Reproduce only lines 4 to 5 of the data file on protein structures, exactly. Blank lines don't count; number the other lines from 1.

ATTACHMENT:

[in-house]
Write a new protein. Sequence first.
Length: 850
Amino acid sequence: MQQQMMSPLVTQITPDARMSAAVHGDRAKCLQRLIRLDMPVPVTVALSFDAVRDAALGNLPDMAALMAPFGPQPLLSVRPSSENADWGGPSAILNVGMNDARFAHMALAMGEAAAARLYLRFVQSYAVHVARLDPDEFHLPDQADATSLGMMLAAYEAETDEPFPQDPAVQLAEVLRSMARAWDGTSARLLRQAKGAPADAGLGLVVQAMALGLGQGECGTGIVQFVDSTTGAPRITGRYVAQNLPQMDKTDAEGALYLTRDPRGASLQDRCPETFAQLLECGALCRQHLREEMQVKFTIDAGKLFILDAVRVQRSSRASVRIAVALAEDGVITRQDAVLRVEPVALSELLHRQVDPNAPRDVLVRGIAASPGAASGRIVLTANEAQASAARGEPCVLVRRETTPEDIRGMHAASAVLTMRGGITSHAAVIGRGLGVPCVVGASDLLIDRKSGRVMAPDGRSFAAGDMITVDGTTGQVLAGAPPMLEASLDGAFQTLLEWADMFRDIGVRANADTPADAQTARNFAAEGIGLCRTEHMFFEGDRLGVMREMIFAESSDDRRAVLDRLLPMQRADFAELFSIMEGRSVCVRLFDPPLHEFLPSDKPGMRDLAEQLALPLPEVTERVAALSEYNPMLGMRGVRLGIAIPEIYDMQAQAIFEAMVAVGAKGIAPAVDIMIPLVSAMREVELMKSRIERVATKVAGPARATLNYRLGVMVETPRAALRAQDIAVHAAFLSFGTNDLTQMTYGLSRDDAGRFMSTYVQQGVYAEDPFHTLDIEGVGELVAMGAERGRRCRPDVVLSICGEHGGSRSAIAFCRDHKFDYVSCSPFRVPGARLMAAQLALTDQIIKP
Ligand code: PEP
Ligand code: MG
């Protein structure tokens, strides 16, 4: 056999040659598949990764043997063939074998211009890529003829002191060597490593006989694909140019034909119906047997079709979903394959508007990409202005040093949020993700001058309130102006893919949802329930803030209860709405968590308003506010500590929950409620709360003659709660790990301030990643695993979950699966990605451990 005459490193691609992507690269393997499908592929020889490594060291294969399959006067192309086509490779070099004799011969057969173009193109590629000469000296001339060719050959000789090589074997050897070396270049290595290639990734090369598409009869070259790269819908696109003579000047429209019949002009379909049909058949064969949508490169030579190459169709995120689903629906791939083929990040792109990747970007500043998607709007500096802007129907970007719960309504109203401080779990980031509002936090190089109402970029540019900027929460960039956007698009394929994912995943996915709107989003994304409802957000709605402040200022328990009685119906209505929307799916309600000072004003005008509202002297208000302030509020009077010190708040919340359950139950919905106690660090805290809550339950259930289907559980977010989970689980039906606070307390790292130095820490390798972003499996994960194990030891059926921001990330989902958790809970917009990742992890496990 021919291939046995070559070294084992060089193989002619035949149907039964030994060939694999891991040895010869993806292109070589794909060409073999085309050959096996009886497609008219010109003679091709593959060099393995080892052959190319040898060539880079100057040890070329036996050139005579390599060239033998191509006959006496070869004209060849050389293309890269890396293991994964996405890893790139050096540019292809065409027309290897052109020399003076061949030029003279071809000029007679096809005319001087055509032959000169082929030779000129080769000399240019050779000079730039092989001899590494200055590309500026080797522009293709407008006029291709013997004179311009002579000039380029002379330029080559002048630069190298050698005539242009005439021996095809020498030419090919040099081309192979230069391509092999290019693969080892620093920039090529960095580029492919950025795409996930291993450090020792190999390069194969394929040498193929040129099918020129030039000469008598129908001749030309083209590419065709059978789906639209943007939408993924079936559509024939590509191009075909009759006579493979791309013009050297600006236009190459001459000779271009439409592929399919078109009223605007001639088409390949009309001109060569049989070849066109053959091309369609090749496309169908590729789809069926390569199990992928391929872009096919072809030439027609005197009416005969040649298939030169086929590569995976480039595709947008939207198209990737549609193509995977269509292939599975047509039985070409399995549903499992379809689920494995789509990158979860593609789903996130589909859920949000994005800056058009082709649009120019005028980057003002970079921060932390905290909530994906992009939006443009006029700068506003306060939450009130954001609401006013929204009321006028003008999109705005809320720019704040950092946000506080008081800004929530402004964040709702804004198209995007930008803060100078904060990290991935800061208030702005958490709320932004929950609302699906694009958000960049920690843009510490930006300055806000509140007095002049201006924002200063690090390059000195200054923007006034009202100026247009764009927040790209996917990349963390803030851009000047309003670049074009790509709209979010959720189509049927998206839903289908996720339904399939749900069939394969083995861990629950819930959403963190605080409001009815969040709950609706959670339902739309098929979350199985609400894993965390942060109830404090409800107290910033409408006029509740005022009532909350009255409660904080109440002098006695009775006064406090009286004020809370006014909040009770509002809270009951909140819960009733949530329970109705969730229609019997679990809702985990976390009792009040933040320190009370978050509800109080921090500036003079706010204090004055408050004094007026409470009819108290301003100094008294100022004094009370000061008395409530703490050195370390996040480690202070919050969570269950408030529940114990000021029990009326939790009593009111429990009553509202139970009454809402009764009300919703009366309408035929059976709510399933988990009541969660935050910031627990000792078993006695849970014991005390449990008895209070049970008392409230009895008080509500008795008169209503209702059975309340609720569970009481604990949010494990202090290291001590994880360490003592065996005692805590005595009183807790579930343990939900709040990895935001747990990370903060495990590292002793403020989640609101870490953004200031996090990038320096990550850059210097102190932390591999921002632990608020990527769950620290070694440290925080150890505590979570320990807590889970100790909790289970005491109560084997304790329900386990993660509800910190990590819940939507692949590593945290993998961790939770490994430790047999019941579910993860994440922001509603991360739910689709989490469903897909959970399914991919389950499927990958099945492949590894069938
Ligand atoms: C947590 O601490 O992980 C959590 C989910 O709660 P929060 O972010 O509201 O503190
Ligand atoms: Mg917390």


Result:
Amino acid sequence: MQQQMMSPLVTQITPDARMSAAVHGDRAKCLQRLIRLDMPVPVTVALSFDAVRDAALGNLPDMAALMAPFGPQPLLSVRPSSENADWGGPSAILNVGMNDARFAHMALAMGEAAAARLYLRFVQSYAVHVARLDPDEFHLPDQADATSLGMMLAAYEAETDEPFPQDPAVQLAEVLRSMARAWDGTSARLLRQAKGAPADAGLGLVVQAMALGLGQGECGTGIVQFVDSTTGAPRITGRYVAQNLPQMDKTDAEGALYLTRDPRGASLQDRCPETFAQLLECGALCRQHLREEMQVKFTIDAGKLFILDAVRVQRSSRASVRIAVALAEDGVITRQDAVLRVEPVALSELLHRQVDPNAPRDVLVRGIAASPGAASGRIVLTANEAQASAARGEPCVLVRRETTPEDIRGMHAASAVLTMRGGITSHAAVIGRGLGVPCVVGASDLLIDRKSGRVMAPDGRSFAAGDMITVDGTTGQVLAGAPPMLEASLDGAFQTLLEWADMFRDIGVRANADTPADAQTARNFAAEGIGLCRTEHMFFEGDRLGVMREMIFAESSDDRRAVLDRLLPMQRADFAELFSIMEGRSVCVRLFDPPLHEFLPSDKPGMRDLAEQLALPLPEVTERVAALSEYNPMLGMRGVRLGIAIPEIYDMQAQAIFEAMVAVGAKGIAPAVDIMIPLVSAMREVELMKSRIERVATKVAGPARATLNYRLGVMVETPRAALRAQDIAVHAAFLSFGTNDLTQMTYGLSRDDAGRFMSTYVQQGVYAEDPFHTLDIEGVGELVAMGAERGRRCRPDVVLSICGEHGGSRSAIAFCRDHKFDYVSCSPFRVPGARLMAAQLALTDQIIKP
Ligand code: PEP